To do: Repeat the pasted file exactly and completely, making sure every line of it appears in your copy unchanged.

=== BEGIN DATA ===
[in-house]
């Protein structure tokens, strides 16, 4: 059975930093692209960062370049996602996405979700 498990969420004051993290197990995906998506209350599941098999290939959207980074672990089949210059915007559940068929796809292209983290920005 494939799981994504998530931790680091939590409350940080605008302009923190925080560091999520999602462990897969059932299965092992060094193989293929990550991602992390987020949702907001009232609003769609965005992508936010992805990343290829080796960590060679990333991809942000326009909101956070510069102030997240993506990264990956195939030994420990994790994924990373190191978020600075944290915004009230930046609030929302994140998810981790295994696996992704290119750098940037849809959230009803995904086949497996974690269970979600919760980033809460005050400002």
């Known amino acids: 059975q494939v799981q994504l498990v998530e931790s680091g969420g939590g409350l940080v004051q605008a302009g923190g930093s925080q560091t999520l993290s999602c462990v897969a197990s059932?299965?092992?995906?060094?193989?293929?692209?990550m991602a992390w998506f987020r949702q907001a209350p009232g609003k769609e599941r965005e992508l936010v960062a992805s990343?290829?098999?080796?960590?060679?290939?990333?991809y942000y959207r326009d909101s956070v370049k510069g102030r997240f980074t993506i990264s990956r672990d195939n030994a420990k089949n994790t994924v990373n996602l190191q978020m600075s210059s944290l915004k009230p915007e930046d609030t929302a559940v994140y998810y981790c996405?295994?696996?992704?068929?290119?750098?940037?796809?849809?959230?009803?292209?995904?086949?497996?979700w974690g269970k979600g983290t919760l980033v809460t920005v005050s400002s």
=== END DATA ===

[in-house]
């Protein structure tokens, strides 16, 4: 059975930093692209960062370049996602996405979700 498990969420004051993290197990995906998506209350599941098999290939959207980074672990089949210059915007559940068929796809292209983290920005 494939799981994504998530931790680091939590409350940080605008302009923190925080560091999520999602462990897969059932299965092992060094193989293929990550991602992390987020949702907001009232609003769609965005992508936010992805990343290829080796960590060679990333991809942000326009909101956070510069102030997240993506990264990956195939030994420990994790994924990373190191978020600075944290915004009230930046609030929302994140998810981790295994696996992704290119750098940037849809959230009803995904086949497996974690269970979600919760980033809460005050400002």
């Known amino acids: 059975q494939v799981q994504l498990v998530e931790s680091g969420g939590g409350l940080v004051q605008a302009g923190g930093s925080q560091t999520l993290s999602c462990v897969a197990s059932?299965?092992?995906?060094?193989?293929?692209?990550m991602a992390w998506f987020r949702q907001a209350p009232g609003k769609e599941r965005e992508l936010v960062a992805s990343?290829?098999?080796?960590?060679?290939?990333?991809y942000y959207r326009d909101s956070v370049k510069g102030r997240f980074t993506i990264s990956r672990d195939n030994a420990k089949n994790t994924v990373n996602l190191q978020m600075s210059s944290l915004k009230p915007e930046d609030t929302a559940v994140y998810y981790c996405?295994?696996?992704?068929?290119?750098?940037?796809?849809?959230?009803?292209?995904?086949?497996?979700w974690g269970k979600g983290t919760l980033v809460t920005v005050s400002s």